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Theatre Review by Lisa Romeo
What: When the Cream Sinks to the Bottom
Where: La Mama Theatre
When: 12 June to 22 June
Devised by the Lloyd Jones with the Ensemble
Directed by Lloyd Jones
Participants include: Jo Anne Armstrong, Pippa Bainbridge, Jessica Cherry, Robyn Clancy, Meika Clarke, Sam Duncan, Tim Ferris, Amber Hart, Maureen Hartley, Justine Jansz, Liz Jones, Hannah Li Rosi, Chris Molyneux, Caitlin Murphy, Peter Murphy, Margherita Peluso, Adrian Prosen, Einaz Sheshgelani, Hannah Spracklan-Holl, Raymond Triggs, Scott Welsh, Howard Wilkinson and guest performer Ragnar Purje.
Live Music: Adam Simmons, Noah Simmons
When the Cream Sinks to the Bottom is the fifth in a series of creative responses to the concept of melancholia devised and directed by Lloyd Jones. This dramatic style theatre challenges human fragility and addresses the apprehension of breaking point that most of us may face at some stage in our lives; and for some it can lead to clinical depression.
The small La Mama theatre directs the audience to their seating where the room is set up as an environmental performance space; audience and actors are totally integrated. We find ourselves in the waiting room of a hospital, as patients we wait and wait until our number is called, ‘Next, 36’. Each patient may or may not be prescribed further medication and is given only a short consultation by a practitioner who is going through the motions of their daily scheduled routine.
The many faces surrounding the room are blank in expression, looking like distant, lost souls. The audience is directed to move seats, shift and rearrange our positions. This movement based show draws parallels with the Bulgarian-French philosopher, literary critic, psychoanalyst, sociologist, feminist and novelist Julia Kristeva, who challenges the view that melancholia is strictly pathology to be treated. Based on the idea that female children continue to identify to some degree with the mother figure, this continued identification with the mother may result in what Kristeva refers to in Black Sun (1992) as melancholia, given that female children simultaneously reject and identify with the mother figure.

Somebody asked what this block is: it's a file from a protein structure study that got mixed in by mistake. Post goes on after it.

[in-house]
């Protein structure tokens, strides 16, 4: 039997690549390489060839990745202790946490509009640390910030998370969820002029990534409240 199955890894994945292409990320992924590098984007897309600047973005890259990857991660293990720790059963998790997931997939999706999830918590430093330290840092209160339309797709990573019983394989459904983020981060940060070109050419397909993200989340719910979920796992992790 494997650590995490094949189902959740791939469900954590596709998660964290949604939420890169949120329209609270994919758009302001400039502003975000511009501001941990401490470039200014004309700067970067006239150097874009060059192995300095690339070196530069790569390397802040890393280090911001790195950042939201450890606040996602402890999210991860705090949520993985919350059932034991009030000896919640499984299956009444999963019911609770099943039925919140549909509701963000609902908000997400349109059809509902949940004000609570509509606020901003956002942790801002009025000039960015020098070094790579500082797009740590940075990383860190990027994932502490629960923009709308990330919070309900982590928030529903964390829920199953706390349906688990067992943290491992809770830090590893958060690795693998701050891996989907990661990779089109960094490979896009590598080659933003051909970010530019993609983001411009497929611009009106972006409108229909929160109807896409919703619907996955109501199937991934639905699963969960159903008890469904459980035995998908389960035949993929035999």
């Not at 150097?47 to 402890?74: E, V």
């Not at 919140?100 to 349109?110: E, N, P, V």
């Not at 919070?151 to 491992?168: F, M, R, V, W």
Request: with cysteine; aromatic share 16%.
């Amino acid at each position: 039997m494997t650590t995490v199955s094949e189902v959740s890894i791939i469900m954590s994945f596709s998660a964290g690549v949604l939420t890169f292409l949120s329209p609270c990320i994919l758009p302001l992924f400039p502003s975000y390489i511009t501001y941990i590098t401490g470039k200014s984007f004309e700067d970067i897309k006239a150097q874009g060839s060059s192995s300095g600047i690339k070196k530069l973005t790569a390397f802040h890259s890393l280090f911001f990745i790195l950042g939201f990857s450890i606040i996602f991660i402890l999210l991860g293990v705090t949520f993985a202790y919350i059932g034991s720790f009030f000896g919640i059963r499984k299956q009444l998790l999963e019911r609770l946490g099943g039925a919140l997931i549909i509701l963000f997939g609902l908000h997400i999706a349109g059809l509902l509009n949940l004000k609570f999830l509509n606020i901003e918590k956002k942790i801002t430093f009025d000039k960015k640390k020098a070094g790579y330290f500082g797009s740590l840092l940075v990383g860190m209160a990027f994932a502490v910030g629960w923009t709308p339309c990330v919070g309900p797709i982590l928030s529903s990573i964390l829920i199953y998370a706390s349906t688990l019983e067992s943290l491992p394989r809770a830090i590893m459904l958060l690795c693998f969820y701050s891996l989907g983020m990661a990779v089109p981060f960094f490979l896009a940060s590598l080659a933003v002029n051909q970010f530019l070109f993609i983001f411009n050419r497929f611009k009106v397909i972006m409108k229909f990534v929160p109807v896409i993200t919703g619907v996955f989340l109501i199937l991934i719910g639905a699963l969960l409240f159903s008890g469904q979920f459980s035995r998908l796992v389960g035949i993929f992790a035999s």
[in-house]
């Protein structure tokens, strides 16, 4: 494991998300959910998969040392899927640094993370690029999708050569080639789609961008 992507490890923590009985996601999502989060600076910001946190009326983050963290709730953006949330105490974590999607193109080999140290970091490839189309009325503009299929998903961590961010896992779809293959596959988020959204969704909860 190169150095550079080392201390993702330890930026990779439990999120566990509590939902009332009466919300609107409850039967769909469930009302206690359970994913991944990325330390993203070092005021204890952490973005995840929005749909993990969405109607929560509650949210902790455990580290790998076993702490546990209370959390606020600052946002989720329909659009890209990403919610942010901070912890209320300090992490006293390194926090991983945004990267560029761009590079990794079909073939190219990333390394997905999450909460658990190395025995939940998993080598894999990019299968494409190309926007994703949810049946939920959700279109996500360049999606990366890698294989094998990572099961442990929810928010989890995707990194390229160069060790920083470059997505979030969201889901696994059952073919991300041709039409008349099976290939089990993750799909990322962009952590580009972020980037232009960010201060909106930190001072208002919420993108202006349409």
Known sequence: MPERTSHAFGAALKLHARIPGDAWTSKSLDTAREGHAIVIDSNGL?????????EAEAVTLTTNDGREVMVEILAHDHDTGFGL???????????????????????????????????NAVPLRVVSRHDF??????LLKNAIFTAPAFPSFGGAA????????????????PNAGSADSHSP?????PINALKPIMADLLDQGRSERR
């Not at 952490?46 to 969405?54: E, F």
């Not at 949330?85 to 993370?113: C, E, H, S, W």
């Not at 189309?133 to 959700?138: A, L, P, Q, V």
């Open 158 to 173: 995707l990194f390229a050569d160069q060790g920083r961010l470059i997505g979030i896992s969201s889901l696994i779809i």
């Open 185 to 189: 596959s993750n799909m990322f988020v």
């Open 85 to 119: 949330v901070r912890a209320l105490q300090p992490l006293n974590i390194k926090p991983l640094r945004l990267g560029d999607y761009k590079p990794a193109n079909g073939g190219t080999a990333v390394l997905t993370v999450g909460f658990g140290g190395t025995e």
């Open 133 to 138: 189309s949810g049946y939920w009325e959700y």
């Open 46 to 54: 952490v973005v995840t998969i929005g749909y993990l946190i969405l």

When the Cream Sinks to the Bottom is like a living nightmare. As a teenager I feared the mental asylum, as I had known of a distant family member who was admitted. The topic was taboo and only whispered about in adult conversation. When you are young in most instances adults try to shelter you from facts, causing more mystery and fear around those that suffer depression and need to seek help. So of course the imagination plays on conjuring up your own haunting scenarios. This play to me represents the human dread of the unknown world of mental illness.
One is drawn into this restrained world of the psychiatrically unwell patients, but Jones does not portray them as spooks or freaks, they are in fact given an identity that shows them to be team players that laugh and cry as one. The play shows a touching integrity for patients of melancholia and it pushes the buttons that trigger thoughts and challenges our narrow view that the mentally ill should be locked away and forgotten.
Expertly directed by Lloyd Jones, each of the 26 cast members play as important a part as the other, while the music and lighting are key to providing the entire mood. In solidarity the patients huddle together and are capable of anything; enemies are burnt at the stake, nudity at times prevails, vultures, owls, skeletons and skulls fly through the atmosphere - this is the predicament of the human mind when it reaches extremities beyond the ‘normal’. The ending is unexpected and profound as is the entire show. It questions the very reason of one’s existence. I was totally captured and felt very much a part of this confined asylum.
When the Cream Sinks to the Bottom provides an experience that opens up your mind and forces you to think about the treatment of societies’ many sufferers of depression and melancholia – the lost, helpless and forgotten humans, hidden away and shunned by a society that doesn’t quite know how to deal with mental illness - besides sedating and segregating these humans that require and should receive better support.
5 stars